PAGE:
When autocrats face threats of nonviolent mass mobilization, they are likely to respond with repression. However, when will the autocrat initiate, step up, or downscale repressive behavior during such protest events? We propose that signals of support from great power patrons play a pivotal role in emboldening rulers to engage in and intensify repressive behavior. To probe this hypothesis, we analyze how supportive and nonsupportive actions and statements of the great powers in the United Nations Security Council shape the repressive behavior of authoritarian regimes during three recent, and similar, cases of protest events: Burma 2007, Zimbabwe 2008, and Burkina Faso 2014. The cases show that the more unequivocal and consistent patron support for the besieged regime is the firmer and more violent are the responses to the domestic challengers.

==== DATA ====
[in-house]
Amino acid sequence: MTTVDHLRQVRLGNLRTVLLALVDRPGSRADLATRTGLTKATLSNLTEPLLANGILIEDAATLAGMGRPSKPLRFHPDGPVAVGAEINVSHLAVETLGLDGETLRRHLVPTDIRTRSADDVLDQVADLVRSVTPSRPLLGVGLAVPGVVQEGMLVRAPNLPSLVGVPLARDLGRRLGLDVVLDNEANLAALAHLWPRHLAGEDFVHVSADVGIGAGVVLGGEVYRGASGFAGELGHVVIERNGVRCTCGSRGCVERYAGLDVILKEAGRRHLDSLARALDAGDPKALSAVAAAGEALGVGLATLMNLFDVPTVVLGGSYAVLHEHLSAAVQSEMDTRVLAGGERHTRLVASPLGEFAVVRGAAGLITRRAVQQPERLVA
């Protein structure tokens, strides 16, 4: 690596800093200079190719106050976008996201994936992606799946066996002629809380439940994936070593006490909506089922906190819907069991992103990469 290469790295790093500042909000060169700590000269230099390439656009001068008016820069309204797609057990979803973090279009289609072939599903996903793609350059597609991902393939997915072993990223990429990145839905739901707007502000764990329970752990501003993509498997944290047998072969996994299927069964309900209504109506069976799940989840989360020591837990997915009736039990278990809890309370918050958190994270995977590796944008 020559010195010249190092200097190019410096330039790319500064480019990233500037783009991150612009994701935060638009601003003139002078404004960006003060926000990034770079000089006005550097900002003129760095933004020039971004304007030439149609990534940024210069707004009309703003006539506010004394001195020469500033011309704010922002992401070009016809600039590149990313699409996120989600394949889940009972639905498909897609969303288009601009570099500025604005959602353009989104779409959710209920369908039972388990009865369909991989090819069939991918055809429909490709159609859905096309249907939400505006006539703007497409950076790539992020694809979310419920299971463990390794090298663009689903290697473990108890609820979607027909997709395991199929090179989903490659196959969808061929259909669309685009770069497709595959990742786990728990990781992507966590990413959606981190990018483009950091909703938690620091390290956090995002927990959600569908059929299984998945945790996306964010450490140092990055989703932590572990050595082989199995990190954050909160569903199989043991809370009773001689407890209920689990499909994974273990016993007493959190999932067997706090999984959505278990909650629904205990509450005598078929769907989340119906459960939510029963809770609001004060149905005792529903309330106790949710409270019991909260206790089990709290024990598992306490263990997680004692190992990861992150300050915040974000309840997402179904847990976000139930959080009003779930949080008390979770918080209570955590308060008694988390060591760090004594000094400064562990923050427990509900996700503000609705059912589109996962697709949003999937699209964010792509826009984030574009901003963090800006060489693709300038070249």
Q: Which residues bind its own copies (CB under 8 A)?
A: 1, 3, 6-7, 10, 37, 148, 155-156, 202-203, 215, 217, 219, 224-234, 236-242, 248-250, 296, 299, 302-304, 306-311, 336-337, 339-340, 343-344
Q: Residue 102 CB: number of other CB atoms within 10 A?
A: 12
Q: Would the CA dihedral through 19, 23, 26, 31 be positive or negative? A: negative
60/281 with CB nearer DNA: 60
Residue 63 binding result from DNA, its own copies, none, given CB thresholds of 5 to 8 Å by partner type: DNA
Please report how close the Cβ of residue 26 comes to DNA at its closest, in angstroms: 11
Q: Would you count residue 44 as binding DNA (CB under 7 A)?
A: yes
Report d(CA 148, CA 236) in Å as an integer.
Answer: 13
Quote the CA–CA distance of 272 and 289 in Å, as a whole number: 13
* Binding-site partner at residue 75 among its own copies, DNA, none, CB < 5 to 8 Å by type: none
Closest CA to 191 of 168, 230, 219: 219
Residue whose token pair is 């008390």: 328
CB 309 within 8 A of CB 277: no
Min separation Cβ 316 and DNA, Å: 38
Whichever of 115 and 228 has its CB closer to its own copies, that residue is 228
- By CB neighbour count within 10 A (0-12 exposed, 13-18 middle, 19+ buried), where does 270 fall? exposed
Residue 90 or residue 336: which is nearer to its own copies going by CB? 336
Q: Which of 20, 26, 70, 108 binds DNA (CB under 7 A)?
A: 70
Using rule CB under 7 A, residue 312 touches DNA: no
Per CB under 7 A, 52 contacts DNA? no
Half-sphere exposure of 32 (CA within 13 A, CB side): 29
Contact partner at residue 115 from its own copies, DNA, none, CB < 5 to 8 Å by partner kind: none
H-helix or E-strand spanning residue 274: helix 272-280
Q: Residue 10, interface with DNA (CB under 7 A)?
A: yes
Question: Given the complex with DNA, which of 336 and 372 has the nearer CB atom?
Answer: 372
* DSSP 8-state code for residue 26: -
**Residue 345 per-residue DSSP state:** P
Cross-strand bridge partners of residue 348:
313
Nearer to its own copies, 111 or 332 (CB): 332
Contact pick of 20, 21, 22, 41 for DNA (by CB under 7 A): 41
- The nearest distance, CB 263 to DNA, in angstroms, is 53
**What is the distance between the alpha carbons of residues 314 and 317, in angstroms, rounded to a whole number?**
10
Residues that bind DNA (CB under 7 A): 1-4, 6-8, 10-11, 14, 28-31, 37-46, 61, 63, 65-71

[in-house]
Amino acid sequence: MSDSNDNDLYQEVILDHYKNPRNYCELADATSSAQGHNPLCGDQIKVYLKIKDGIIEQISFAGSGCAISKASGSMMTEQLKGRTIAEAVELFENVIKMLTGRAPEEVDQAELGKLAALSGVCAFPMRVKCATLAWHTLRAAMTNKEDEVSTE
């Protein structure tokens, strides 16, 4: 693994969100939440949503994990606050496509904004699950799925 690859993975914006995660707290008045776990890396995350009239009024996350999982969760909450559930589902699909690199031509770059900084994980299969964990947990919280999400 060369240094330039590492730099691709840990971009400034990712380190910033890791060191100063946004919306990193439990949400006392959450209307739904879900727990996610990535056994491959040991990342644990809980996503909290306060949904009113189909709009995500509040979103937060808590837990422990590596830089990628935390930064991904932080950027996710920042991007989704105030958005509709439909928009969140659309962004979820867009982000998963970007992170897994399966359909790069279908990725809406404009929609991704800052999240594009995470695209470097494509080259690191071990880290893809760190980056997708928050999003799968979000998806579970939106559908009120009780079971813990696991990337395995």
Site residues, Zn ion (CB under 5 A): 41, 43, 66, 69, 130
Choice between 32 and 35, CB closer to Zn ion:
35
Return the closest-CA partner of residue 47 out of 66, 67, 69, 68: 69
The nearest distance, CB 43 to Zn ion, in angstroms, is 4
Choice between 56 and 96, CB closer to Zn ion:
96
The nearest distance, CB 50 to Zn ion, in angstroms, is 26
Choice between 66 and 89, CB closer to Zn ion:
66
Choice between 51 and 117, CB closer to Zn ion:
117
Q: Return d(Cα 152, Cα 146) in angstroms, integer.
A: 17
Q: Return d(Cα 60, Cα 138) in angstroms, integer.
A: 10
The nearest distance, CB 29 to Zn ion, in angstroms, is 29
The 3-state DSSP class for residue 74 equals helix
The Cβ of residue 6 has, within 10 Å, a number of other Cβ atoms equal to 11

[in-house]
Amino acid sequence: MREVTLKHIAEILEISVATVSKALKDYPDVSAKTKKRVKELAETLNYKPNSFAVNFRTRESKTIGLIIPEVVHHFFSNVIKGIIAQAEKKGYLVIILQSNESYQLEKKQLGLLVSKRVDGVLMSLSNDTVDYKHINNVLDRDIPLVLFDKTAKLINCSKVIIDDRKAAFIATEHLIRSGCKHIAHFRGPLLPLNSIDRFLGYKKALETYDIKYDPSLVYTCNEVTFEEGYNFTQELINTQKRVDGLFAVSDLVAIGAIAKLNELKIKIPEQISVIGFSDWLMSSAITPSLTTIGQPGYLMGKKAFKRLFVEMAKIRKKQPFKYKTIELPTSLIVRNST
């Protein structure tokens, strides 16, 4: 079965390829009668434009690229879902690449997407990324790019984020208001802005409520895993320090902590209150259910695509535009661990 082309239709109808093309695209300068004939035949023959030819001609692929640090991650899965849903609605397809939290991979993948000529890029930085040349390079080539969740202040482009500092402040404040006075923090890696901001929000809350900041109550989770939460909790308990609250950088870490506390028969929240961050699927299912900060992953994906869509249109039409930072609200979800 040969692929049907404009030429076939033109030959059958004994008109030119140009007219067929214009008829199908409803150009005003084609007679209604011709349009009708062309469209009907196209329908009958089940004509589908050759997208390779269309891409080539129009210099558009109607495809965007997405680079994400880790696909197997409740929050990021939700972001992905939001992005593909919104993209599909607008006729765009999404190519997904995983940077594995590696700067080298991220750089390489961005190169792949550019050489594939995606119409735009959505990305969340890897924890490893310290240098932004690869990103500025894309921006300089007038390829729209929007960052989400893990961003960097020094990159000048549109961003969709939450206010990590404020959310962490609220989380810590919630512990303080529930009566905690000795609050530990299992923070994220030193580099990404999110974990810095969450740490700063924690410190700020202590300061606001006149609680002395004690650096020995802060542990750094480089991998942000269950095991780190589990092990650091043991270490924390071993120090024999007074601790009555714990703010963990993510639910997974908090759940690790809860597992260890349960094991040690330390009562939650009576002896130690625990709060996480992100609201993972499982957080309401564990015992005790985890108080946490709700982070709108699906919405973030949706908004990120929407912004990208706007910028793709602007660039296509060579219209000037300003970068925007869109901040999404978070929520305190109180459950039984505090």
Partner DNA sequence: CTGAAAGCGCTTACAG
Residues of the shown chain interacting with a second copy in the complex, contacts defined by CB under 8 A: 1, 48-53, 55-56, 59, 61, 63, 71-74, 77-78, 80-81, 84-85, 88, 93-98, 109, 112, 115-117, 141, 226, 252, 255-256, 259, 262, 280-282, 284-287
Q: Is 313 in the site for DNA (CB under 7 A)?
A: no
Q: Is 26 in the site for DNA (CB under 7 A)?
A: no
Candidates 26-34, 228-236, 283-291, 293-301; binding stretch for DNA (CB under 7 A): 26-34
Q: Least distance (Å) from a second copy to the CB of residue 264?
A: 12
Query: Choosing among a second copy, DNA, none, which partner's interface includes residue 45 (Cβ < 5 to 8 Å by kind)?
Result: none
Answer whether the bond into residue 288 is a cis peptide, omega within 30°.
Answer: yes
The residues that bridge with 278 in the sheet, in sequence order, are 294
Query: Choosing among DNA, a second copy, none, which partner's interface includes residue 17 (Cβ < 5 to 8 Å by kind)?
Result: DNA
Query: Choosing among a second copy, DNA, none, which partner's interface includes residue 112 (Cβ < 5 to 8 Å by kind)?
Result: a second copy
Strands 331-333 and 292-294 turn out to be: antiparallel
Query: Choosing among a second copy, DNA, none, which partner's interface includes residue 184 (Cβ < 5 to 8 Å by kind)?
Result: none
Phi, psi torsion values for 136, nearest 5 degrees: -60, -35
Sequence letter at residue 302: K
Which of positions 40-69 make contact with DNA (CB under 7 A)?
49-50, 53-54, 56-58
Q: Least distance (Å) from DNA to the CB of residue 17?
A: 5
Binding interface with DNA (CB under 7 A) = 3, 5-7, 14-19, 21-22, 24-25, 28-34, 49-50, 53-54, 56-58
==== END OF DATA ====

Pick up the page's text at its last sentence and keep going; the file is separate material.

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Tolstrup, J., Seeberg, M. A., & Glavind, J. G. (2019). Signals of Support From Great Power Patrons and the Use of Repression During Nonviolent Protests. Comparative Political Studies, 52(4), 514-543. https://doi.org/10.1177/0010414018784047